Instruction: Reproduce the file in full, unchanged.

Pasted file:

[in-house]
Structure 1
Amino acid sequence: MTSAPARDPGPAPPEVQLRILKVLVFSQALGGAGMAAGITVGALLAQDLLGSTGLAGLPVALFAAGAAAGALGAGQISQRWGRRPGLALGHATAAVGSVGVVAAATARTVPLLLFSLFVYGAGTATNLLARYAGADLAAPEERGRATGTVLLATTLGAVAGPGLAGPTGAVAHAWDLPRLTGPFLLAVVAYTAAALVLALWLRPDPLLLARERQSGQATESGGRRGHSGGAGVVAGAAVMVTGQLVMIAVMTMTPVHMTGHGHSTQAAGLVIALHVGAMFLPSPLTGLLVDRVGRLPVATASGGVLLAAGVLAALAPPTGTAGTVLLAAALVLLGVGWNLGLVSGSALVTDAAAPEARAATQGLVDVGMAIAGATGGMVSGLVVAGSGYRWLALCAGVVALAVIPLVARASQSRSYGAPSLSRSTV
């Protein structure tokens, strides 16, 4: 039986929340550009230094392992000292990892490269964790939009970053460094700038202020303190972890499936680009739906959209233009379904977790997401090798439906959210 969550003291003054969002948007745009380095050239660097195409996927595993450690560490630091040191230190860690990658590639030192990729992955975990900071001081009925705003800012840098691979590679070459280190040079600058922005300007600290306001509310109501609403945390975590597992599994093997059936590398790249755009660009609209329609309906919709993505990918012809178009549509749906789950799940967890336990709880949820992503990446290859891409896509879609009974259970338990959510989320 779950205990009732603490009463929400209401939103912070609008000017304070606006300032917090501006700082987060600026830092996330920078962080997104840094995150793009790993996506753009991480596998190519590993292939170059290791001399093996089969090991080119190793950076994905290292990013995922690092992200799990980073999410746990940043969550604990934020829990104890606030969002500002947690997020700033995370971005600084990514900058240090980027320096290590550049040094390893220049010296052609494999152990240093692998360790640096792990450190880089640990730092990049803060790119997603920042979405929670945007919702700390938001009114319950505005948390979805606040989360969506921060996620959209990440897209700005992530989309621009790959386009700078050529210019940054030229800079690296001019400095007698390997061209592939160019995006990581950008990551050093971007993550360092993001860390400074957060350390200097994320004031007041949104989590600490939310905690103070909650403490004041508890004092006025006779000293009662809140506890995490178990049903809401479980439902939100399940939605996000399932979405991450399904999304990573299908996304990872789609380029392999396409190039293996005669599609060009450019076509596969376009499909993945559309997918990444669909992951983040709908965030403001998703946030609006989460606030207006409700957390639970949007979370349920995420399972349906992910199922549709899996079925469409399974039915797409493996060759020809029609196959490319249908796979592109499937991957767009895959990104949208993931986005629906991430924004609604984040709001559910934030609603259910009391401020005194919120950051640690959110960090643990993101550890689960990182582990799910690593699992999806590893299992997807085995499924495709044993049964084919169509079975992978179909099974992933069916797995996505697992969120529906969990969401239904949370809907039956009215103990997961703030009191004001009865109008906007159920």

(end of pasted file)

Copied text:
[in-house]
Structure 1
Amino acid sequence: MTSAPARDPGPAPPEVQLRILKVLVFSQALGGAGMAAGITVGALLAQDLLGSTGLAGLPVALFAAGAAAGALGAGQISQRWGRRPGLALGHATAAVGSVGVVAAATARTVPLLLFSLFVYGAGTATNLLARYAGADLAAPEERGRATGTVLLATTLGAVAGPGLAGPTGAVAHAWDLPRLTGPFLLAVVAYTAAALVLALWLRPDPLLLARERQSGQATESGGRRGHSGGAGVVAGAAVMVTGQLVMIAVMTMTPVHMTGHGHSTQAAGLVIALHVGAMFLPSPLTGLLVDRVGRLPVATASGGVLLAAGVLAALAPPTGTAGTVLLAAALVLLGVGWNLGLVSGSALVTDAAAPEARAATQGLVDVGMAIAGATGGMVSGLVVAGSGYRWLALCAGVVALAVIPLVARASQSRSYGAPSLSRSTV
């Protein structure tokens, strides 16, 4: 039986929340550009230094392992000292990892490269964790939009970053460094700038202020303190972890499936680009739906959209233009379904977790997401090798439906959210 969550003291003054969002948007745009380095050239660097195409996927595993450690560490630091040191230190860690990658590639030192990729992955975990900071001081009925705003800012840098691979590679070459280190040079600058922005300007600290306001509310109501609403945390975590597992599994093997059936590398790249755009660009609209329609309906919709993505990918012809178009549509749906789950799940967890336990709880949820992503990446290859891409896509879609009974259970338990959510989320 779950205990009732603490009463929400209401939103912070609008000017304070606006300032917090501006700082987060600026830092996330920078962080997104840094995150793009790993996506753009991480596998190519590993292939170059290791001399093996089969090991080119190793950076994905290292990013995922690092992200799990980073999410746990940043969550604990934020829990104890606030969002500002947690997020700033995370971005600084990514900058240090980027320096290590550049040094390893220049010296052609494999152990240093692998360790640096792990450190880089640990730092990049803060790119997603920042979405929670945007919702700390938001009114319950505005948390979805606040989360969506921060996620959209990440897209700005992530989309621009790959386009700078050529210019940054030229800079690296001019400095007698390997061209592939160019995006990581950008990551050093971007993550360092993001860390400074957060350390200097994320004031007041949104989590600490939310905690103070909650403490004041508890004092006025006779000293009662809140506890995490178990049903809401479980439902939100399940939605996000399932979405991450399904999304990573299908996304990872789609380029392999396409190039293996005669599609060009450019076509596969376009499909993945559309997918990444669909992951983040709908965030403001998703946030609006989460606030207006409700957390639970949007979370349920995420399972349906992910199922549709899996079925469409399974039915797409493996060759020809029609196959490319249908796979592109499937991957767009895959990104949208993931986005629906991430924004609604984040709001559910934030609603259910009391401020005194919120950051640690959110960090643990993101550890689960990182582990799910690593699992999806590893299992997807085995499924495709044993049964084919169509079975992978179909099974992933069916797995996505697992969120529906969990969401239904949370809907039956009215103990997961703030009191004001009865109008906007159920």